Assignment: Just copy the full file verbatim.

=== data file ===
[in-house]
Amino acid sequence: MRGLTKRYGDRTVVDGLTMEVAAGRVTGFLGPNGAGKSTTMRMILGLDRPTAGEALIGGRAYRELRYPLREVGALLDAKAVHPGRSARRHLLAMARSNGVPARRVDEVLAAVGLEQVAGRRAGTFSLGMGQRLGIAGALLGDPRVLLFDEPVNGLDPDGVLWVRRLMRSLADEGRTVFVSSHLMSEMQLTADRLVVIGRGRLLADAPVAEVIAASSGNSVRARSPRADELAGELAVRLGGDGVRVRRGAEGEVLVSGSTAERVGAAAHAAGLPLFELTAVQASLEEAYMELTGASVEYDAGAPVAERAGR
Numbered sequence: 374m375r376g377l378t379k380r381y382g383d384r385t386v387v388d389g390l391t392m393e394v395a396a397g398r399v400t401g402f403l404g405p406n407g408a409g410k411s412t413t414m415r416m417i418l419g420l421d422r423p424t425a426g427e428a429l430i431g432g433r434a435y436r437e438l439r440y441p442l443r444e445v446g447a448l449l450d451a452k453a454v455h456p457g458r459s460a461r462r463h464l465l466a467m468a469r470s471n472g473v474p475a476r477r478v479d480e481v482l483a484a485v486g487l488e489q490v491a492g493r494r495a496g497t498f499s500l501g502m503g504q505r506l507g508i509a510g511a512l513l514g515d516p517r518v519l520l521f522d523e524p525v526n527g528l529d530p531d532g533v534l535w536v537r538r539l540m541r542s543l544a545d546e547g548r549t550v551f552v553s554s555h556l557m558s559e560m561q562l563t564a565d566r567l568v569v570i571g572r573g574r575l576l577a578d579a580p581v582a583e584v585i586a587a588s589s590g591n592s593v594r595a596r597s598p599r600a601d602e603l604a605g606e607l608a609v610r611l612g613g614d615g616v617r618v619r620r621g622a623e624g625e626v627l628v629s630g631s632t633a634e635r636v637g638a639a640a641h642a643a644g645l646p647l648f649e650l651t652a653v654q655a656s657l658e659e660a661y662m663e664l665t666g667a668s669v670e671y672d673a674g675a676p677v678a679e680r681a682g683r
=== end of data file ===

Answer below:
[in-house]
Amino acid sequence: MRGLTKRYGDRTVVDGLTMEVAAGRVTGFLGPNGAGKSTTMRMILGLDRPTAGEALIGGRAYRELRYPLREVGALLDAKAVHPGRSARRHLLAMARSNGVPARRVDEVLAAVGLEQVAGRRAGTFSLGMGQRLGIAGALLGDPRVLLFDEPVNGLDPDGVLWVRRLMRSLADEGRTVFVSSHLMSEMQLTADRLVVIGRGRLLADAPVAEVIAASSGNSVRARSPRADELAGELAVRLGGDGVRVRRGAEGEVLVSGSTAERVGAAAHAAGLPLFELTAVQASLEEAYMELTGASVEYDAGAPVAERAGR
Numbered sequence: 374m375r376g377l378t379k380r381y382g383d384r385t386v387v388d389g390l391t392m393e394v395a396a397g398r399v400t401g402f403l404g405p406n407g408a409g410k411s412t413t414m415r416m417i418l419g420l421d422r423p424t425a426g427e428a429l430i431g432g433r434a435y436r437e438l439r440y441p442l443r444e445v446g447a448l449l450d451a452k453a454v455h456p457g458r459s460a461r462r463h464l465l466a467m468a469r470s471n472g473v474p475a476r477r478v479d480e481v482l483a484a485v486g487l488e489q490v491a492g493r494r495a496g497t498f499s500l501g502m503g504q505r506l507g508i509a510g511a512l513l514g515d516p517r518v519l520l521f522d523e524p525v526n527g528l529d530p531d532g533v534l535w536v537r538r539l540m541r542s543l544a545d546e547g548r549t550v551f552v553s554s555h556l557m558s559e560m561q562l563t564a565d566r567l568v569v570i571g572r573g574r575l576l577a578d579a580p581v582a583e584v585i586a587a588s589s590g591n592s593v594r595a596r597s598p599r600a601d602e603l604a605g606e607l608a609v610r611l612g613g614d615g616v617r618v619r620r621g622a623e624g625e626v627l628v629s630g631s632t633a634e635r636v637g638a639a640a641h642a643a644g645l646p647l648f649e650l651t652a653v654q655a656s657l658e659e660a661y662m663e664l665t666g667a668s669v670e671y672d673a674g675a676p677v678a679e680r681a682g683r